premium crop planted there. The dam never happened, but the vineyards survived with the family deciding to make an bottle their own wines in the 1980s.
There are 20 acres planted around the home estate, but Frey also buys fruit from 20 growers.
There are 7,000-foot mountains just near the winery, and Jonathan says his Chardonnay and Pinot vineyards in particular benefit from the afternoon cloud and cooler conditions they bring. Indeed,
Jonathan says he has seen conditions get a lot cooler over the past 15 years: "I'm not sure if it's global warming, but the spring weather has changed and has got a lot colder and wetter."
Unlike so many estates where to farm organically or biodynamically seems to be partly a business-led decision, it is clear that the Freys live and breathe it. Even their $7.99 range made for the Wholefoods chain
is organic, sulphite and additive free. Their little piece of heaven, where bobcats and mountain lions are just some of the regular visitors, is constantly being tweaked in aid of the cause.
They grow legumes and grasses as cover crops and fertilisers, and are planting barley and wheat to feed back to their cattle as a forage crops.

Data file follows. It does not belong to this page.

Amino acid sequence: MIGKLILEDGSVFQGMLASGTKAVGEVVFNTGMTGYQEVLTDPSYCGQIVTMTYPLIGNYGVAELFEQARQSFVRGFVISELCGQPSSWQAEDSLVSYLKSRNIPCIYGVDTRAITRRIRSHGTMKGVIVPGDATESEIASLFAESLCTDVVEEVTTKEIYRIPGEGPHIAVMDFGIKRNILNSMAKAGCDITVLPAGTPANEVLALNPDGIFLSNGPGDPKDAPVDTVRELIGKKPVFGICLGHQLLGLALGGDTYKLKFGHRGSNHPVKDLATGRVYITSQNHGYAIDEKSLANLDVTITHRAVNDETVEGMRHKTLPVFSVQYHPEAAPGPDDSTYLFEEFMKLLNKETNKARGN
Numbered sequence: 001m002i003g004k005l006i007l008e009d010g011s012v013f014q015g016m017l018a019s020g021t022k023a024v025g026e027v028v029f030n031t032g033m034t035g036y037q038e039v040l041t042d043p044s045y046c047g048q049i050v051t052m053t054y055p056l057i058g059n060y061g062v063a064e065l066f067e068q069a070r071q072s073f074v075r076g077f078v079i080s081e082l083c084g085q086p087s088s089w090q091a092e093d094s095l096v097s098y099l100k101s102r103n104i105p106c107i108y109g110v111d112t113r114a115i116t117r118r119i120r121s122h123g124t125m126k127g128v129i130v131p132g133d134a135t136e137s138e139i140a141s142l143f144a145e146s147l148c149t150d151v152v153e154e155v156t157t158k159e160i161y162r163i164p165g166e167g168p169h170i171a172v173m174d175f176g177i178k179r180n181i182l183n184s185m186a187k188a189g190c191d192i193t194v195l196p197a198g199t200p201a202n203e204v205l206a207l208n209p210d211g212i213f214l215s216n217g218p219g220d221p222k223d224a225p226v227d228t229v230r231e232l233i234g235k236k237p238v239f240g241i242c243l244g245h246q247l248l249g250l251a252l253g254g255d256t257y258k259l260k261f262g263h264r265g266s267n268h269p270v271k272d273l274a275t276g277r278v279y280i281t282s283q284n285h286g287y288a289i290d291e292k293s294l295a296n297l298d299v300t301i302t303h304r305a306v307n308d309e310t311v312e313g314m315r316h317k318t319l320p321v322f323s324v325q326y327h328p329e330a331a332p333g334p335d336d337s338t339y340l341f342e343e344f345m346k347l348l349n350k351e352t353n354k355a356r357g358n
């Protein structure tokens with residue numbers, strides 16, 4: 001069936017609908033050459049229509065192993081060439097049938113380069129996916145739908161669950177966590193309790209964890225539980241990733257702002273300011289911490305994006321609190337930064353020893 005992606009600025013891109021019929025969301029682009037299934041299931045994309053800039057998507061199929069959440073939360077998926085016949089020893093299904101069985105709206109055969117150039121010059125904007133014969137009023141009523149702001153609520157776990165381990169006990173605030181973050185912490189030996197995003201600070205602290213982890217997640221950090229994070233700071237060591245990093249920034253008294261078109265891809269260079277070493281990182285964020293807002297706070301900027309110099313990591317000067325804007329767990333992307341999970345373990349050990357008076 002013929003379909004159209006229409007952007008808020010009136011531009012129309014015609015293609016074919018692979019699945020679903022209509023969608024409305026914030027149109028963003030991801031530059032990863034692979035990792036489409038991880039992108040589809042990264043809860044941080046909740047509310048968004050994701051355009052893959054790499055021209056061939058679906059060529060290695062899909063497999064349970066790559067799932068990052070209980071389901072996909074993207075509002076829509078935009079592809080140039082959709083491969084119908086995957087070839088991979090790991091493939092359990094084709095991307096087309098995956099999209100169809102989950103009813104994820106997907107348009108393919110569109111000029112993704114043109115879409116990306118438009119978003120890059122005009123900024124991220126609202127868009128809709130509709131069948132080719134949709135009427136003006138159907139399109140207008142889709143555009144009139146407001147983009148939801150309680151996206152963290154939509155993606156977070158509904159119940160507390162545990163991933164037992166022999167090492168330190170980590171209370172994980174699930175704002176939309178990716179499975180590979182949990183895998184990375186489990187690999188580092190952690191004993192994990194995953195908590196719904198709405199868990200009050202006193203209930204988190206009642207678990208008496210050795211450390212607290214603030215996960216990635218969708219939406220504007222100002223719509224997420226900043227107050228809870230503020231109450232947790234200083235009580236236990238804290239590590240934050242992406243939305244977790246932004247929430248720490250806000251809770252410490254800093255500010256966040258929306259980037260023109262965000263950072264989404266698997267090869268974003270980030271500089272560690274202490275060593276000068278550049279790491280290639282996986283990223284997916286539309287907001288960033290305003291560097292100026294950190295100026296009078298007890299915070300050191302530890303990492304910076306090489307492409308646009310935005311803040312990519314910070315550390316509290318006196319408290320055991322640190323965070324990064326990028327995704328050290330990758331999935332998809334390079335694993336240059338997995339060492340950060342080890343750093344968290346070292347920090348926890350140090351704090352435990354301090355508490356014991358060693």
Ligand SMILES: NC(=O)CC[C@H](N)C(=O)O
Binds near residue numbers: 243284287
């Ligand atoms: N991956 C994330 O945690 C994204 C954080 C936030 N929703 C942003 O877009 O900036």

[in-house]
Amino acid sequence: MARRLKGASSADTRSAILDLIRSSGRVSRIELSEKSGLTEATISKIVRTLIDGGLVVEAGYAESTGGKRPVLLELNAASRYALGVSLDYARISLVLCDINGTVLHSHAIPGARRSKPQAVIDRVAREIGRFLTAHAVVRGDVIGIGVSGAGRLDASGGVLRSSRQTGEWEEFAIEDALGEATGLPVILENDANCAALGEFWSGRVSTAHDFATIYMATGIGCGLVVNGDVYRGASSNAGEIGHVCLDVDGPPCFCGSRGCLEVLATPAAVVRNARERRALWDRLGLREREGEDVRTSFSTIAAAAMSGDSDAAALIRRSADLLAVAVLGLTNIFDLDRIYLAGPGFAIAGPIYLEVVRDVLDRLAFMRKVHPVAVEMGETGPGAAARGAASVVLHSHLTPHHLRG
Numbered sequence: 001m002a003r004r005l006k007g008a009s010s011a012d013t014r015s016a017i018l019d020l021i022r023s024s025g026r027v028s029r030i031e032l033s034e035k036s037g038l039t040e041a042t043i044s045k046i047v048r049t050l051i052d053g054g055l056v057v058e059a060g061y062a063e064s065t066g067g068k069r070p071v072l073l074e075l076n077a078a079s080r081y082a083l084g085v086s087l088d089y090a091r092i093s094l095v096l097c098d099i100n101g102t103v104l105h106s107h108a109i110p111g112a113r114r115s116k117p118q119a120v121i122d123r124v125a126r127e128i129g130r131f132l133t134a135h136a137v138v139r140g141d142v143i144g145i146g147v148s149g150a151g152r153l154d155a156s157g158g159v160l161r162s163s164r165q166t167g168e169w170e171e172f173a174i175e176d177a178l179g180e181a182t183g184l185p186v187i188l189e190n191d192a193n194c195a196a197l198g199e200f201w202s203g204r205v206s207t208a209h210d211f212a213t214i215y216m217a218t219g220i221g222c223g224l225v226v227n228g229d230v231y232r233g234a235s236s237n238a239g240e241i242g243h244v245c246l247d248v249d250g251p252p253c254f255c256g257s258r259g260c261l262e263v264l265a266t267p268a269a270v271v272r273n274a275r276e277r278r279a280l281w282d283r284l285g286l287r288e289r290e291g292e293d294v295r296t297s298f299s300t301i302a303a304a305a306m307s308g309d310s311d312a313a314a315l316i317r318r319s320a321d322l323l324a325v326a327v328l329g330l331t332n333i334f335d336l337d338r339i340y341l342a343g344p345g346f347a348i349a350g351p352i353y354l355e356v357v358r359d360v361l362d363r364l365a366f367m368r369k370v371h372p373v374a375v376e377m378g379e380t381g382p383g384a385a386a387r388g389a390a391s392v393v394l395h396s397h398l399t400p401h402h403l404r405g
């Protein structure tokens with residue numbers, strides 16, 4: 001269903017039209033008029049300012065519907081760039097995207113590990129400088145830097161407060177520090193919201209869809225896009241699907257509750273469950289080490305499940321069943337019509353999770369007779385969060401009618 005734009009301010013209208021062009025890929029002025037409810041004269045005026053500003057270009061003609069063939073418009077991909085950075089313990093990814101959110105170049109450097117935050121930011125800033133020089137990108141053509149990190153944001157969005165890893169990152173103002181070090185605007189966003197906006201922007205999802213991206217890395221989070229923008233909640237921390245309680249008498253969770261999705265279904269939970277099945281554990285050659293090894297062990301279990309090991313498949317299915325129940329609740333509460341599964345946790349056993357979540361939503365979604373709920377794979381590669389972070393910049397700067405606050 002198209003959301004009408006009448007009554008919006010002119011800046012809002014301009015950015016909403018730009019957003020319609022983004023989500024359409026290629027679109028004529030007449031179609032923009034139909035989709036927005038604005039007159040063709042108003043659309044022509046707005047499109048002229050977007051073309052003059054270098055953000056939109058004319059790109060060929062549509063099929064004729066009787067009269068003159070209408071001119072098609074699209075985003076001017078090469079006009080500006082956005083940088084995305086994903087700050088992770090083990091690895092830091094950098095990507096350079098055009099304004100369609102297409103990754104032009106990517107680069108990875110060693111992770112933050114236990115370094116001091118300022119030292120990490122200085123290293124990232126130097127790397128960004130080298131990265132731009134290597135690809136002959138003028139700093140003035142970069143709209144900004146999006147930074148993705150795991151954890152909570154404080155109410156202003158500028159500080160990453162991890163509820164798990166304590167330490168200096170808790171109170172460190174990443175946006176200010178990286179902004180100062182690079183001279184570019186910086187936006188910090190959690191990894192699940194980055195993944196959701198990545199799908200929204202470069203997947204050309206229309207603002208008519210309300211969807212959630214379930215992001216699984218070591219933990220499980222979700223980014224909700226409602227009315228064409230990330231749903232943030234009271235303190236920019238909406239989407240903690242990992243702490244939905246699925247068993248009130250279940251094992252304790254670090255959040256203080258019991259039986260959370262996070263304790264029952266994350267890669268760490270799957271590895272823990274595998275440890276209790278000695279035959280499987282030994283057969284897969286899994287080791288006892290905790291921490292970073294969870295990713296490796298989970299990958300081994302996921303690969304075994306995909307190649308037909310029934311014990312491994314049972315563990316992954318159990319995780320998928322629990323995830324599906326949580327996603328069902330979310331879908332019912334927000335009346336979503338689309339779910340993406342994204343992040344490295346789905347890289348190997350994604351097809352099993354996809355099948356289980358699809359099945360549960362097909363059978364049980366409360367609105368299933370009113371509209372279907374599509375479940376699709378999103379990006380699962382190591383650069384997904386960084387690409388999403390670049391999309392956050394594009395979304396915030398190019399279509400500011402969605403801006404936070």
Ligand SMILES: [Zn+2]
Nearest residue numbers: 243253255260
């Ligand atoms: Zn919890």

The charm of the Frey Vineyards farm certainly worked its magic on me during my few hours there. And I have to say the value for money in their low-priced wines is exceptional. Maybe we too can share a little bit of the Frey
UK importer of Frey Vineyards is goodwineonline.co.uk
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Frey Vineyards, Mendocino Chardonnay 2011, California
Whole cluster pressed and made with a bit of lees contact, this os made using certified organic yeast. Lovely ripe and clean apple fruit, a delicate background nuttiness, made in stainless steel with a
little oak contact through staves and micro-oxygenation, this has a subtlety and a creaminess and a lovely fruit quality. A nicely balanced wine with lovely quality, not overdone with fine savoury flavours
and good fruit too. 88-89/100. $14.95 locally
Frey Vineyards, Mendocino Pinot Noir 2012, California
Mostly from neighbouring Potter Valley, this has a lovely pale cherry colour, and a delicately spicy nose with touches of herbs and vegetation, and a delicate cherry fruit quality.